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A woman receiving chocolate for Valentine's Day.
A woman receiving chocolate for Valentine's Day.

Valentine’s Day Candy in Japan: A Brief History!

Tokyo TerryTokyo Terry
Published Time
Posted on January 16, 2024

About 70 years ago, Japanese sweet companies had the idea of increasing sales by selling “Valentine’s Day candy.” But how could they make the holiday catch on in Japan? Let’s find out!

What is Valentine’s Day in Japan like?

From the beginning of February, almost every shop has some sort of Valentine’s Day display. And it can seem like the only colors that exist are pink, red, and chocolate brown. Entire shelves and aisles suddenly become full of Valentine’s Day candy!

A black box of Valentine's Day candy with a red ribbon out of it.
It’s common for women to give chocolate to their loved ones. Image via Shutterstock

Malls and department stores become crowded with shoppers seeking that perfect gift. The shops spend much time and money trying to outdo each other with advertising, sales, over-the-top displays, and custom treats. Regular packaging is replaced with heart-shaped boxes, ribbons, and wrapping services. 

Some stores use bouquets of roses. Others display high-priced chocolates in glass cases. Still, others may resort to gimmicks, such as chocolate boxes the size of cars or chocolate bars as large as a serving tray! And there is no end to the many types, shapes, and packaging of treats.

A plate of Valentine's Day candy--a bunch of heart-shaped gummies.
You can even have gummies! Image via Shutterstock

Every business wants some of the millions of yen spent on Valentine’s Day candy each year. Even shops with nothing to do with sweets get in on the action! Stationery stores might have a ribbon sale. Hardware stores may suddenly put a selection of chocolates at the checkout counter. A lunch box counter might sell onigiri-shaped hearts covered in bright pink fish eggs!

What kind of Valentine’s Day candy do people enjoy?

There is no Valentine’s Day candy rule in Japan, but chocolate is the most popular! Foreign chocolate brands like KitKat and Snickers are popular on the cheaper side. Especially KitKat comes in various unusual flavors like green tea (matcha) and sweet potato. Many people make homemade chocolates for a personal touch. Making a large batch is cheap; chocolate-making supplies like molds, sprinkles, and raw chocolate are easy to find.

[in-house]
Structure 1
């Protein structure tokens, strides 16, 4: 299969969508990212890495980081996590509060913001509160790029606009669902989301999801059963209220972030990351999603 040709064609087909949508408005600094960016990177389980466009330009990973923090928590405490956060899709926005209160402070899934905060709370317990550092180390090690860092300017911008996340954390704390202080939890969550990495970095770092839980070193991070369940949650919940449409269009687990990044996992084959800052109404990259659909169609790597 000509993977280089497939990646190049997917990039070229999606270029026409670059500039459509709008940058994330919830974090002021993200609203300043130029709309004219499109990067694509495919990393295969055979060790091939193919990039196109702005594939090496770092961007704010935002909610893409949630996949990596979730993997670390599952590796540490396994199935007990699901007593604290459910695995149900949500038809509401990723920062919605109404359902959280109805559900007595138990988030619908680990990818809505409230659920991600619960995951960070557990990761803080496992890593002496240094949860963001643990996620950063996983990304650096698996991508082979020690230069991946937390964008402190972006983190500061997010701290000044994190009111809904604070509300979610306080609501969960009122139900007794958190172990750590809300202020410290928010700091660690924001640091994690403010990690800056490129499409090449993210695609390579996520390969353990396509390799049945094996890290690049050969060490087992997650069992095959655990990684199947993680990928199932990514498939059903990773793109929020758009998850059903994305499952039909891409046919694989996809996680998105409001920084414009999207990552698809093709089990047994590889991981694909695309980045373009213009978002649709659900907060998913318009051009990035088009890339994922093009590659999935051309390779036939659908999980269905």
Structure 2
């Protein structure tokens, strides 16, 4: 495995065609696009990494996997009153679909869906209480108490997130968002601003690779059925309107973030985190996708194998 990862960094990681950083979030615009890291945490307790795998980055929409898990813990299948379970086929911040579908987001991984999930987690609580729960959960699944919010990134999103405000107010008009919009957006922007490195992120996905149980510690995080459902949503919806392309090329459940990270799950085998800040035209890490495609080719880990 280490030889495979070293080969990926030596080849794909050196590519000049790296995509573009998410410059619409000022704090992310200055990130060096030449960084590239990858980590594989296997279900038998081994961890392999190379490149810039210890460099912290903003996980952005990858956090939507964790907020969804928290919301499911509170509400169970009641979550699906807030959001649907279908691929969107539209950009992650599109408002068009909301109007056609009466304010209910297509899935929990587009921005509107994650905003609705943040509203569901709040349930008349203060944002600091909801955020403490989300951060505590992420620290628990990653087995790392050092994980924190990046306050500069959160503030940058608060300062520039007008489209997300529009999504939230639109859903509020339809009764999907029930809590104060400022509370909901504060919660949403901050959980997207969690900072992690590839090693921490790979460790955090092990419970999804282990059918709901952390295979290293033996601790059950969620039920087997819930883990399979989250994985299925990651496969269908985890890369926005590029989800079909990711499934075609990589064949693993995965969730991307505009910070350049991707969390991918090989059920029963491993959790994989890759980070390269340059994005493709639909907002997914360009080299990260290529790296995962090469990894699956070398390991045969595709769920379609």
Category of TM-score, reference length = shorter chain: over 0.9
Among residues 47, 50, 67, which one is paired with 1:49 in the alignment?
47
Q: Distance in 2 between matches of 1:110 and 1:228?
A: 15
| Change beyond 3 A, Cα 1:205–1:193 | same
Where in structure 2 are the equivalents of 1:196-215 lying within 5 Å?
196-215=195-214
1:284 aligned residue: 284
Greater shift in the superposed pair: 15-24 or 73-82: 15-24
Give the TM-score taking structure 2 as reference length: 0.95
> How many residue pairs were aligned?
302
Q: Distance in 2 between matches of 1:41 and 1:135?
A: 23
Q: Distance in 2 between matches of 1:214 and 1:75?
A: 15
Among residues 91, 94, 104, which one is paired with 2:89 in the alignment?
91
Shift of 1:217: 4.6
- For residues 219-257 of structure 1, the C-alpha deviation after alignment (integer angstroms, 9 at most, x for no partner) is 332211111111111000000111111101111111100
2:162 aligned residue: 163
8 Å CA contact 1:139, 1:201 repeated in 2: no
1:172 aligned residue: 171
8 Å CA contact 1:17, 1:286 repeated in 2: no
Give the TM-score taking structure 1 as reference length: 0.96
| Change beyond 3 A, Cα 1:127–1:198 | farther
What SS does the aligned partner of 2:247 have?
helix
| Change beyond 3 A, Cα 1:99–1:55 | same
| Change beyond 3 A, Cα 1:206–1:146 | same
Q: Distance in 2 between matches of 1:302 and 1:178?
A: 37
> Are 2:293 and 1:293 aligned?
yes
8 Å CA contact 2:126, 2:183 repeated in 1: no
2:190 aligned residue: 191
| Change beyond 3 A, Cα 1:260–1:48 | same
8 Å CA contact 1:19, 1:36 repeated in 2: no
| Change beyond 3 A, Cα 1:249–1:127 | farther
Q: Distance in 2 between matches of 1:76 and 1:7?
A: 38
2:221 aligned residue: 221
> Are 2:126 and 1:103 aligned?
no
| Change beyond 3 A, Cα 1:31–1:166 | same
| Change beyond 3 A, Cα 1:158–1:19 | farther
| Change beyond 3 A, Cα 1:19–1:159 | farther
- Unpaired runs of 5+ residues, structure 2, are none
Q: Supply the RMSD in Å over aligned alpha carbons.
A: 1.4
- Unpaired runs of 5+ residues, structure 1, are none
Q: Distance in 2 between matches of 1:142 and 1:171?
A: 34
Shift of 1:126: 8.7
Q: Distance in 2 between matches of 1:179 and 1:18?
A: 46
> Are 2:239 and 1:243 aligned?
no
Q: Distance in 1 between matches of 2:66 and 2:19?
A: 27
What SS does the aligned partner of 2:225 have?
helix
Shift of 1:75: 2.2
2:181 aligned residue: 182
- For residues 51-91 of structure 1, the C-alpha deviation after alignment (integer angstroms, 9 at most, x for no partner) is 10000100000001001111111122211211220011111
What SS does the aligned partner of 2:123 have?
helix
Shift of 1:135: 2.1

A basket of shiroi koibito cookies.
Shiroi koibito is from Hokkaido. Image via Shutterstock

People also enjoy local and novelty treats. Inexpensive Japanese chocolate like “Shiroi Koibito” from Hokkaido is a good example. Ruby chocolate is also made from red cocoa beans. Its unusual berry taste is sure to be appreciated, and it is available as chocolate, ice cream, or cookies.

And, of course, there are the highly high-end brands. “DeLafée” is a Swiss chocolate that combines truffles with premium cocoa beans. Their “Golden Truffle” replaces colorful sprinkles and powdered sugar with edible gold leaf! This chocolate costs as much as 10,000 yen per piece, so consider carefully before buying the gift set!

Are you looking for delicious chocolates and treats this Valentine’s Day? Check out TokyoTreat! TokyoTreat delivers limited-edition Japanese noodles, snacks, drinks, and sweets right to your door so you can enjoy the latest Christmas treats directly from Japan!

Where can I get some of the best candy for the occasion?

Harajuku Candy is an online shop with an enormous selection of candies. The site sells popular brands like Hershey’s, Reese’s, and M&M’s, but there are also unusual chocolates like cherry blossom, matcha, and chocolate-filled “marshmallow.” The prices are already low, but you can also buy wholesale to save even more! 

A bunch of chocolate truffles in the shape of a heart.
Chocolate truffles are especially popular! Image via Shutterstock

Candy a Go Go! specializes in imported and original sweets. They sell over 100 different kinds, but you can also create customized Valentine’s Day candy. And you can purchase either online or at one of their many stores. Their colorful shops are worth an in-person visit!

Marmano Chocolate is a specialty chocolate company with a focus on quality. They sell environmentally friendly ingredients from all over the world while supporting local farmers. Their international selection of chocolate products includes raw Amazonian chocolate from Ecuador, Ariba cacao, and cocoa guayusa drink. So visit their online or Akasaka shop if you’re looking for a unique gift!

Why is Valentine’s Day candy in Japan special?

When Japanese candy companies connected Valentine’s Day to the tradition of kokuhaku, the day’s meaning became more serious. Initially, women only gave homemade honmei (“favorite”) chocolate to the men they desired.

But soon, women also began giving giri (“obligation”) chocolate to coworkers and friends. (These are the kinds of chocolates men find on their desks at work.) It also became famous for women to give tomo (“friend”) chocolate to family and female friends.

A bunch of pink chocolate hearts.
What’s your favorites Valentine’s Day candy?Image via Shutterstock

Nowadays, women spend about 5000 yen for different Valentine’s Day candy types. So it isn’t surprising that women also buy chocolate for themselves, known as jibun (“yourself”) chocolate. Luckily, women receive gifts one month later on White Day. And these gifts must be several times the value of the chocolate they gave!

What do you think of Japanese Valentine’s Day customs? Are there any good ideas or shops for Valentine’s Day candy that should have been mentioned? Leave a comment below!

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